The great divide between liberal Jewish Americans and the Israeli Right has lurked as an issue since the Likud Party first challenged Labor dominance in the late 1970s. It is now coming…
The great divide between liberal Jewish Americans and the Israeli Right has lurked as an issue since the Likud Party first challenged Labor dominance in the late 1970s. It is now coming to a boiling point, even as Israel’s reputation in the world is sinking. As rightwing policies more visibly fail, the Likudniks are flailing around making fools of themselves by smearing critics of those policies as racists. (Anyone who knows how Likud supporters talk among themselves about Arabs and other outsiders can only be amused at their impudent hypocrisy in playing the race card.)
The mess that Mossad’s mercenaries (some of them possibly from the Fateh Palestinian faction also opposed to Hamas) made of a routine political assassination in Dubai of a Hamas agent funneling arms from Iran is a blow against Ithe image of daring, stone-cold competence cultivated by the Israeli security establishment. The killing went smoothly, but it transpires that the assassins had not only stolen the passport identities of British and Irish citizens, but those of several Israeli dual citizens originally from the UK, as well. Mossad thus made potential problems for those passport holders for the rest of their lives, since Interpol will be interested every time the numbers pop up at an airport check-in.
The incident has roiled diplomatic relations with Ireland and the UK. But it is also controversial in Israel (not the assassination but the bumbling clumsy identity theft against Israeli citizens). After all, branding an innocent Israeli an assassin is a sort of blood libel. Indeed, casual political assassination as a routine Israeli method of statecraft makes many Jews uncomfortable, as is visible in Steven Spielberg’s film, Munich.
But the harbingers of isolation are numerous. The Netanyahu government has largely defied President Obama’s requests for a halt to the colonization of the West Bank (a freeze on building new settlements in part of the West Bank, while existing settlements are expanded and Palestinians are thrown in the street in Jerusalem does not count).
The Israeli siege of the children of Gaza, some of whom are looking skinnier, is impossible to justify and provoked even a US congressman to urge a forceful breaking of the blockade. The Goldstone Report on Israeli war crimes (and which also acknowledges Hamas war crimes) for the United Nations is likely to attain an official status of a sort denied to previous such clear-eyed examinations of Israeli military action. (Israel’s leadership suffered not the least from dropping nearly a million cluster bombs on the civilian farms of southern Lebanon in the last 3 days of the 2006 Lebanon War, though this targeting of civilians was illegal and the US Congress had stipulated that the weapons could not be used that way).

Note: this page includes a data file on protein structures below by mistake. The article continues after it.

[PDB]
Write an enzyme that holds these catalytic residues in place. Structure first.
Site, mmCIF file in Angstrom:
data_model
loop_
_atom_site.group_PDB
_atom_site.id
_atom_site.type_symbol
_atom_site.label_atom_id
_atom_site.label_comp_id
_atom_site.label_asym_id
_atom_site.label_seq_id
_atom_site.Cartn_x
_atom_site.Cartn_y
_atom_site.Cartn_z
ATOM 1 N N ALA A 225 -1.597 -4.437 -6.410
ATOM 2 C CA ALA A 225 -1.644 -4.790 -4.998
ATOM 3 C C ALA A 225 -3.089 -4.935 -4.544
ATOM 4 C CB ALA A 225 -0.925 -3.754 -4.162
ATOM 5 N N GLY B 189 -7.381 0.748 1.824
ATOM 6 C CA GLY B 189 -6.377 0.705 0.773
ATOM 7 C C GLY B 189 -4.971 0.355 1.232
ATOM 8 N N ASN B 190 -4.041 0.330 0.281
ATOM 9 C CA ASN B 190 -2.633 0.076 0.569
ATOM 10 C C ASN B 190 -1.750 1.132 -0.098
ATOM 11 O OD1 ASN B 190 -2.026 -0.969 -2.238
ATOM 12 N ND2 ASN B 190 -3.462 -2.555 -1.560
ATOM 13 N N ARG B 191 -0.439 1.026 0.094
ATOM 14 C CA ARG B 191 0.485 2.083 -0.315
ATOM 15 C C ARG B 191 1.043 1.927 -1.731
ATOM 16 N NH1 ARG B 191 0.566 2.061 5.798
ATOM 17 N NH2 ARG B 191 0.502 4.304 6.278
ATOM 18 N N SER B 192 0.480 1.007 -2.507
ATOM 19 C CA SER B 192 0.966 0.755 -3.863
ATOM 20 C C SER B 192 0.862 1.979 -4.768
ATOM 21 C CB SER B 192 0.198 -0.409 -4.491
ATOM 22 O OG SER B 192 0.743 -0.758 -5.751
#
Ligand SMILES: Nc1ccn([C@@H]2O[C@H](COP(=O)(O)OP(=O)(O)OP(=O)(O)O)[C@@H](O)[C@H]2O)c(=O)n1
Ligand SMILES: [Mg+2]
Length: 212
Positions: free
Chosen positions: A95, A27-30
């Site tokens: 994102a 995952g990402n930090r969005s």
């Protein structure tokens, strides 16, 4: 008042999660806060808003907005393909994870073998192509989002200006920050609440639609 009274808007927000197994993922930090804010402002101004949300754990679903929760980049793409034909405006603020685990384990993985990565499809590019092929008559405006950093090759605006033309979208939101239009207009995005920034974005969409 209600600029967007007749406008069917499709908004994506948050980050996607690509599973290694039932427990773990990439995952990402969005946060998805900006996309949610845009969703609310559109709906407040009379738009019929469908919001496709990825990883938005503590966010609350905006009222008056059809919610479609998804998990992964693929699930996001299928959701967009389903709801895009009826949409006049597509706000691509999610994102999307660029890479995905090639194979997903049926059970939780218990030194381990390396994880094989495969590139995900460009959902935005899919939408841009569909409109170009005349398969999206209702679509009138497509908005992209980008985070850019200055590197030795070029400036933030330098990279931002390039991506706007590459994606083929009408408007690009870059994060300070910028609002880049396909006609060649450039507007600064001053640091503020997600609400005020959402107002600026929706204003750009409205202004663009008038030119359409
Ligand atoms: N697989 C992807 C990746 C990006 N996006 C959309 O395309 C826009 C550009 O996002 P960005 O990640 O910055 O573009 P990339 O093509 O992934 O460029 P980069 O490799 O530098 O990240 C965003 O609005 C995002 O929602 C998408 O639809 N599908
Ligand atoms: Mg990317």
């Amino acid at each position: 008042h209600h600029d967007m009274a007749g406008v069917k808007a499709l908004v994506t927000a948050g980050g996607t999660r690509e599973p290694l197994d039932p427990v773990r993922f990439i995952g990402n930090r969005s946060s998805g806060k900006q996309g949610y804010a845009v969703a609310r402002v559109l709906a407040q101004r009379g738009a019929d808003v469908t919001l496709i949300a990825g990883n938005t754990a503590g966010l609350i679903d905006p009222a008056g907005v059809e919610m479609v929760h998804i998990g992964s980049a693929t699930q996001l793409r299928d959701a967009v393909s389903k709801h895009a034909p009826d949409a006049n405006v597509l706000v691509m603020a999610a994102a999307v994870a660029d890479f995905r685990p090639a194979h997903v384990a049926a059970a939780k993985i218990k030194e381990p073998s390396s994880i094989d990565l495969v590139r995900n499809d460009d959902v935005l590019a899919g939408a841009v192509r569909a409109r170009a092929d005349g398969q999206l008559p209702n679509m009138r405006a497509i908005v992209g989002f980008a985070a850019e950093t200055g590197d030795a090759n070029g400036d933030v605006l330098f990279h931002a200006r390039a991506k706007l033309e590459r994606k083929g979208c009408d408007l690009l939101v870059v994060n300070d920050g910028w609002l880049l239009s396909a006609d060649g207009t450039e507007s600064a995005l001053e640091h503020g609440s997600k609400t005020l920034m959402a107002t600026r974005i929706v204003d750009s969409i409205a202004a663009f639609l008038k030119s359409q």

The reactionary parties of Likud, Shas, and Yisrael Beitenu have nothing in common with the vast majority of Jewish Americans, who voted for Barack Obama and are generally more progressive than non-Jewish Americans. The establishment of a liberal Jewish lobby, J Street, which supports a two-state solution (Israel and Palestine side by side), is a manifestation of the increasing unease of progessive Jewish Americans with the policies and aggressive wars of rightwing Israeli governments. Jewish Americans have been key to the securing of many of our civil liberties in this country and a major voice for peace and for culture and the arts, and a thug like Avigdor Lieberman as foreign minister surely makes many of them uneasy. It is no accident that the Likud government has snubbed a delegation of US Congress members to Israel who support J Street. The Netanyahu government is all about colonizing more of the West Bank and preventing the rise of a Palestinian state.
Then you have Holocaust survivor Hedy Epstein supporting the movement to break the Israeli blockade of Gaza civilians, including children.
The Israeli occupation and colonization of the West Bank provoked former president Jimmy Carter to warn of an Apartheid situation. Although he was viciously attacked by the likes of Alan Dershowitz and subjected to the typical dirty tricks deployed by fanatical nationalists of all stripes, he has been vindicated by remarks of Israeli politician Ehud Barak, who just said the same thing Carter had.
The occupation is also provoking an increasing move to boycott Israel, especially firms and concerns based in the West Bank settlements or connected to the Lebanon and Gaza Wars. The second largest union of Canadian federal employees has joined such a boycott. During the Gaza War, Scandinavian grocery chains cancelled their orders for Israeli fruit, and the South African longshoremen declined to unload Israeli ships.
It is anxiety over the prospect that the current far-right Netanyahu government is becoming increasingly isolated from the world community, including the Obama administration in the US, and from a new generation of progressive Jewish Americans that explains the rash of scurrilous charges of ‘anti-Semitism’ being thrown around by the ‘Israel-can-do-no-wrong’ crowd in recent days.